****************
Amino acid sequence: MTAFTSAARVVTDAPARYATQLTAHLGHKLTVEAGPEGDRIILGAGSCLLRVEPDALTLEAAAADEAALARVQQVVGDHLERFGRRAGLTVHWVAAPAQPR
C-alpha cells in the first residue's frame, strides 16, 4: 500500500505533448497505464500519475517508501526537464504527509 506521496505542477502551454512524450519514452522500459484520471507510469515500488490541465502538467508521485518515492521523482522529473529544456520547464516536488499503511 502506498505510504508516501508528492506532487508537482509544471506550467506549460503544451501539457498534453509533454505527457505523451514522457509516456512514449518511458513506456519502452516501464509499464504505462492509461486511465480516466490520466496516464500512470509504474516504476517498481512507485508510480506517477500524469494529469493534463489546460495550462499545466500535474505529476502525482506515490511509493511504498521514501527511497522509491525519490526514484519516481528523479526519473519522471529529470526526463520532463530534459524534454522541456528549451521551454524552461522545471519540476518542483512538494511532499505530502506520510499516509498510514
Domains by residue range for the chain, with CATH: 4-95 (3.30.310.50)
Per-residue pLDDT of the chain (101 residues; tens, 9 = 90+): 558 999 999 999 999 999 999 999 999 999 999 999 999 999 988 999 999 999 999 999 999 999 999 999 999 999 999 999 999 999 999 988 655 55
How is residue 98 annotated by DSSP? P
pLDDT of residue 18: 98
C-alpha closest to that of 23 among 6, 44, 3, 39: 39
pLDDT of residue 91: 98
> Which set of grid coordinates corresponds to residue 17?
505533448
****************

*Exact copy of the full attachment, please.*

Amino acid sequence: MTAFTSAARVVTDAPARYATQLTAHLGHKLTVEAGPEGDRIILGAGSCLLRVEPDALTLEAAAADEAALARVQQVVGDHLERFGRRAGLTVHWVAAPAQPR
C-alpha cells in the first residue's frame, strides 16, 4: 500500500505533448497505464500519475517508501526537464504527509 506521496505542477502551454512524450519514452522500459484520471507510469515500488490541465502538467508521485518515492521523482522529473529544456520547464516536488499503511 502506498505510504508516501508528492506532487508537482509544471506550467506549460503544451501539457498534453509533454505527457505523451514522457509516456512514449518511458513506456519502452516501464509499464504505462492509461486511465480516466490520466496516464500512470509504474516504476517498481512507485508510480506517477500524469494529469493534463489546460495550462499545466500535474505529476502525482506515490511509493511504498521514501527511497522509491525519490526514484519516481528523479526519473519522471529529470526526463520532463530534459524534454522541456528549451521551454524552461522545471519540476518542483512538494511532499505530502506520510499516509498510514
Domains by residue range for the chain, with CATH: 4-95 (3.30.310.50)
Per-residue pLDDT of the chain (101 residues; tens, 9 = 90+): 558 999 999 999 999 999 999 999 999 999 999 999 999 999 988 999 999 999 999 999 999 999 999 999 999 999 999 999 999 999 999 988 655 55
How is residue 98 annotated by DSSP? P
pLDDT of residue 18: 98
C-alpha closest to that of 23 among 6, 44, 3, 39: 39
pLDDT of residue 91: 98
> Which set of grid coordinates corresponds to residue 17?
505533448